Former HBO chief Richard Plepler signs production deal with Apple
(CNN) — Richard Plepler, the executive who launched “Game of Thrones” and other hit series at HBO, has signed an exclusive production deal with Apple.
Under the five-year deal, the former HBO CEO and chairman will produce content for the tech giant’s new streaming service, Apple TV+. That includes original TV series, feature films and documentaries. Plepler will produce the new content via his New York-baseentd production company, Eden Productions.
“Apple is one of the most creative companies in the world, and the perfect home for my new production company and next chapter,” Plepler said in a statement on Thursday.
Financial aspects of the deal were not disclosed. The New York Times was the first to report the news.
Plepler announced in February that he was leaving HBO after nearly 28 years at the company. Plepler’s departure came days after an appeals court ruled in favor of AT&T’s purchase of HBO’s parent company, WarnerMedia, which was known at the time as Time Warner (CNN is also a unit of WarnerMedia).
“It has been the great joy of my professional life to share this ride with you over these many years. And the great honor of my professional life to be your CEO,” Plepler wrote in his memo to staff at the time.
HBO’s future was a matter of discussion in media circles at the time of Plepler’s departure, with AT&T executives expressing a desire to ramp up production at the premium cable network.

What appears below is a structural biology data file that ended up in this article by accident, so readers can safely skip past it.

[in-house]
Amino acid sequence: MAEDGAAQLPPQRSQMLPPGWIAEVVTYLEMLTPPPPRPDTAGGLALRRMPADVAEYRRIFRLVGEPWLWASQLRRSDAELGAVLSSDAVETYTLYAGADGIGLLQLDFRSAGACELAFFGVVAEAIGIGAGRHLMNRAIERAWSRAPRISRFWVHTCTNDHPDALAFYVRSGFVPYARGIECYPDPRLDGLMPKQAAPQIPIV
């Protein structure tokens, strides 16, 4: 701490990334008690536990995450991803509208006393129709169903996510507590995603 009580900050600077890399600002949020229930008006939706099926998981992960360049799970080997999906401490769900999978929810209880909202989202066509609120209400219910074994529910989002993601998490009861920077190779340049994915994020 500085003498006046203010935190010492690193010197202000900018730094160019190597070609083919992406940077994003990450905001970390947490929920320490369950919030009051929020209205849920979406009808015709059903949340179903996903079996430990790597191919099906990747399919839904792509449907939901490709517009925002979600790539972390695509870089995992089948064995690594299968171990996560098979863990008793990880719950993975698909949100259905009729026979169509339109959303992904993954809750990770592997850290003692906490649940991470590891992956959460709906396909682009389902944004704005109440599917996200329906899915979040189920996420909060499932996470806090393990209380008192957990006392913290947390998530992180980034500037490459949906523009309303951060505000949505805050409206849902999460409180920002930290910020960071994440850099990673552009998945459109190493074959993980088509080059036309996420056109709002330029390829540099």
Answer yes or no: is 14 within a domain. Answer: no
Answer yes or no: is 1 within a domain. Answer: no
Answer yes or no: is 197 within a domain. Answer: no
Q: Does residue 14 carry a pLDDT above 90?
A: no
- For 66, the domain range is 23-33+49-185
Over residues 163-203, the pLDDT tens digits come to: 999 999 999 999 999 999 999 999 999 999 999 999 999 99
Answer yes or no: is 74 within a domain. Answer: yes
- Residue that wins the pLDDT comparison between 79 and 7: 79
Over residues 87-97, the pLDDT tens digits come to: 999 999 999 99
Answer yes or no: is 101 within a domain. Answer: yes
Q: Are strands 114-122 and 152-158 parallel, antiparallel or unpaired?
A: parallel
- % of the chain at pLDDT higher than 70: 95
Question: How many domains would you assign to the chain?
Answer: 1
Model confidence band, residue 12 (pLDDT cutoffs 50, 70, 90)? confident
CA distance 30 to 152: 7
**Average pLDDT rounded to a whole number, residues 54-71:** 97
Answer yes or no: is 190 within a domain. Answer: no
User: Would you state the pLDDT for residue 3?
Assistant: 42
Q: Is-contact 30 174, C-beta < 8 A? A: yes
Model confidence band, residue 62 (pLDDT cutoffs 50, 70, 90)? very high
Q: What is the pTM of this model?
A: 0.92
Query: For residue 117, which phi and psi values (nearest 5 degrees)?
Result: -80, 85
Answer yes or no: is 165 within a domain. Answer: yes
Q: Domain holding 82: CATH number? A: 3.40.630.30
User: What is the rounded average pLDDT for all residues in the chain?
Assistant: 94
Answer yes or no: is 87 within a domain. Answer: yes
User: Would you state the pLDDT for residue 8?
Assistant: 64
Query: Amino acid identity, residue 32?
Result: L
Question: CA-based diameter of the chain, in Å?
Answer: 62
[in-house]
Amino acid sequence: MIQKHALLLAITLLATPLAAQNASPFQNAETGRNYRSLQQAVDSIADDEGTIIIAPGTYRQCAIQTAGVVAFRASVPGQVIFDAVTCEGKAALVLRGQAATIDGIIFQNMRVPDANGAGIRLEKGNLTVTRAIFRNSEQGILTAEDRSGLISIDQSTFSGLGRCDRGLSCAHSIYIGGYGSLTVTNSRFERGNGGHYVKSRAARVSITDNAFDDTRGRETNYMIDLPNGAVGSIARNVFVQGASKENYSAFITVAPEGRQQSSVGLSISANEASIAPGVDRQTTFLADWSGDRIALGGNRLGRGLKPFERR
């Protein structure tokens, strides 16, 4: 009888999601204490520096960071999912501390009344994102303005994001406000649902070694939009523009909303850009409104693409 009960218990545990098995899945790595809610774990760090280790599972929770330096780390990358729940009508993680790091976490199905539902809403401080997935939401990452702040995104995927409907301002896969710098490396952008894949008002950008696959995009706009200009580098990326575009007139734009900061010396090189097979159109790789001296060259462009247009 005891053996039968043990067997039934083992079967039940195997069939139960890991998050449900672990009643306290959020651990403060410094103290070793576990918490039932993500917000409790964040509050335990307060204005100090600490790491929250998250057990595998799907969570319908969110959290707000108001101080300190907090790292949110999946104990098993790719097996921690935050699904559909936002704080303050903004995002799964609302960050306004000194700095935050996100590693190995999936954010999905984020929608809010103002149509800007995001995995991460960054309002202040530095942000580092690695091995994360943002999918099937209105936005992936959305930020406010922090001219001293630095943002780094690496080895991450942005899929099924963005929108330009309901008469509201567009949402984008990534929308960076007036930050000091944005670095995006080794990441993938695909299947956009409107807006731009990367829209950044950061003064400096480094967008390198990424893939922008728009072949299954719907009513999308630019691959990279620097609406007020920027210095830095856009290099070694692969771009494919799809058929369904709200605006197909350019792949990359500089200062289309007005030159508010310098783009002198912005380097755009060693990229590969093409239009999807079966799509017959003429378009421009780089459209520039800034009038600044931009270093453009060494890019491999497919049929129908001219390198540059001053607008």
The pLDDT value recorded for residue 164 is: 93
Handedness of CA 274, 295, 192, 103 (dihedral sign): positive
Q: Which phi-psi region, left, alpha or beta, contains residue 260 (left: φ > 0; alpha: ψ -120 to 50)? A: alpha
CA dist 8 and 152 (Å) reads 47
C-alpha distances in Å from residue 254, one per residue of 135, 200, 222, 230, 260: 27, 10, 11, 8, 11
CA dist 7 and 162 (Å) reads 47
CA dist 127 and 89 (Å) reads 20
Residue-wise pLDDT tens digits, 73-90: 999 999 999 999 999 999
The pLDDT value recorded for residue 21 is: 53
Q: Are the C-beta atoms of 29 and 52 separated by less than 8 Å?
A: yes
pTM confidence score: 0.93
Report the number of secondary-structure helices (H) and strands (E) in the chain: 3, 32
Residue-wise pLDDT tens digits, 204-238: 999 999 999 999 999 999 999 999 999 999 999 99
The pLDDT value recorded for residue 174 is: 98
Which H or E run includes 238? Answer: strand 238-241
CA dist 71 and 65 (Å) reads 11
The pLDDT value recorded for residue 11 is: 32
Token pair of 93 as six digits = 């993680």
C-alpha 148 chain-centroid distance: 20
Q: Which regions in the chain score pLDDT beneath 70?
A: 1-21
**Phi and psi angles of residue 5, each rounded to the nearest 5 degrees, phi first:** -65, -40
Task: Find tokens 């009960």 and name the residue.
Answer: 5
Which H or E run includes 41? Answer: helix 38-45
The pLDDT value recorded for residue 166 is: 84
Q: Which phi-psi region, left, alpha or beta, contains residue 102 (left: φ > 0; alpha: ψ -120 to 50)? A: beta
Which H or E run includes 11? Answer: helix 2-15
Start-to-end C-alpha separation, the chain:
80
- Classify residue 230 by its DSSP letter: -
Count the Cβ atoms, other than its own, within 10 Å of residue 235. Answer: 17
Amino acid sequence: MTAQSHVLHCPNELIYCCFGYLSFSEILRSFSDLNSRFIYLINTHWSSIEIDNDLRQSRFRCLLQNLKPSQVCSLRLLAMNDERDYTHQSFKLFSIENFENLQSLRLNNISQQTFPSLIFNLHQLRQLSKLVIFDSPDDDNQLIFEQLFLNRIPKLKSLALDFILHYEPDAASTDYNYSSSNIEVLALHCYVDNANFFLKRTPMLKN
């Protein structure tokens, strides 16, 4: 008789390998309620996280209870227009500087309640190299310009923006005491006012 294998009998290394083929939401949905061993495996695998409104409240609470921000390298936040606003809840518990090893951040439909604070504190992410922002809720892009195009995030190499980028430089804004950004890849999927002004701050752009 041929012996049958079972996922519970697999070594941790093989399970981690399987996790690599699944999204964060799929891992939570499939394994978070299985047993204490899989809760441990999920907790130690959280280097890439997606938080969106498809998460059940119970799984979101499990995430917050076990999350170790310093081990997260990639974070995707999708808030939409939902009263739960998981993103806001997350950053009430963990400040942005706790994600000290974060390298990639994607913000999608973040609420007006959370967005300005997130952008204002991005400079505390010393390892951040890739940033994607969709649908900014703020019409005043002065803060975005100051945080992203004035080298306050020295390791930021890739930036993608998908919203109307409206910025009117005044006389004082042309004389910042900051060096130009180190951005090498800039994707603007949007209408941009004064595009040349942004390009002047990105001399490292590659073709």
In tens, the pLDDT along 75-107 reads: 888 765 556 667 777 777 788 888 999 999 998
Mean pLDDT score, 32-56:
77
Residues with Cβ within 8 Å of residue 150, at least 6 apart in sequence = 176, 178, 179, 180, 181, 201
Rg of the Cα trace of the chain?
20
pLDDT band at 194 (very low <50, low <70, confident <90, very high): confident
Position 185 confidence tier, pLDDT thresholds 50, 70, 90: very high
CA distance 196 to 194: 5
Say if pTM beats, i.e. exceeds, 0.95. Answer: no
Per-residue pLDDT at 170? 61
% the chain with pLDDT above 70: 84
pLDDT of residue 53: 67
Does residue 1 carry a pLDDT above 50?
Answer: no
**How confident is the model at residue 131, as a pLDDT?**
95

WarnerMedia has announced plans for HBO to be a major part of its new streaming service, HBO Max, which will launch in May.
Apple TV+ is the tech company’s first major leap in to the streaming world. The service, which launched in November, comes with a slate of a content from some of the biggest names in Hollywood including Jennifer Aniston, Jason Momoa and Oprah Winfrey. The service costs $4.99 per month or is free for a year with the purchase of a new iPhone, iPad, iPod Touch, Mac or Apple TV.
In his first interview since leaving HBO, Plepler told the New York Times on Thursday that the only serious talks he had after leaving HBO was with Apple.
“I thought that Apple was the right idea very quickly, just because it was embryonic enough that I thought maybe, you know, I could make a little contribution there,” he said.